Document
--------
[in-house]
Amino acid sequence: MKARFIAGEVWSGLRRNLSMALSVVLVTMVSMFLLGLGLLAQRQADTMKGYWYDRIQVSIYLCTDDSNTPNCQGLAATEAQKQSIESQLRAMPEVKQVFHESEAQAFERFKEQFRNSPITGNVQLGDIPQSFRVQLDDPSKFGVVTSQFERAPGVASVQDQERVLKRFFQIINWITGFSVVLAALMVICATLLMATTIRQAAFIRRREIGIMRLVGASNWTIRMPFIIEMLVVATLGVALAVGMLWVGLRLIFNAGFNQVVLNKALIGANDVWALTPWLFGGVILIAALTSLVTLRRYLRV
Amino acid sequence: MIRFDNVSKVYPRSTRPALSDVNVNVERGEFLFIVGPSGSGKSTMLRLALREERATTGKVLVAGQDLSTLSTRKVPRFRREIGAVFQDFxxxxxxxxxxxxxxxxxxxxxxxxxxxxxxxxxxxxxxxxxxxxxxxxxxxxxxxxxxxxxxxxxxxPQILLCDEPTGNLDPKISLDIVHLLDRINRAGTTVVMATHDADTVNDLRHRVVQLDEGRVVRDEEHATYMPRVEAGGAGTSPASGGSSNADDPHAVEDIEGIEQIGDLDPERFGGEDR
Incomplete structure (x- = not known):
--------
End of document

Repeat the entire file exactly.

[in-house]
Amino acid sequence: MKARFIAGEVWSGLRRNLSMALSVVLVTMVSMFLLGLGLLAQRQADTMKGYWYDRIQVSIYLCTDDSNTPNCQGLAATEAQKQSIESQLRAMPEVKQVFHESEAQAFERFKEQFRNSPITGNVQLGDIPQSFRVQLDDPSKFGVVTSQFERAPGVASVQDQERVLKRFFQIINWITGFSVVLAALMVICATLLMATTIRQAAFIRRREIGIMRLVGASNWTIRMPFIIEMLVVATLGVALAVGMLWVGLRLIFNAGFNQVVLNKALIGANDVWALTPWLFGGVILIAALTSLVTLRRYLRV
Amino acid sequence: MIRFDNVSKVYPRSTRPALSDVNVNVERGEFLFIVGPSGSGKSTMLRLALREERATTGKVLVAGQDLSTLSTRKVPRFRREIGAVFQDFxxxxxxxxxxxxxxxxxxxxxxxxxxxxxxxxxxxxxxxxxxxxxxxxxxxxxxxxxxxxxxxxxxxPQILLCDEPTGNLDPKISLDIVHLLDRINRAGTTVVMATHDADTVNDLRHRVVQLDEGRVVRDEEHATYMPRVEAGGAGTSPASGGSSNADDPHAVEDIEGIEQIGDLDPERFGGEDR
Incomplete structure (x- = not known):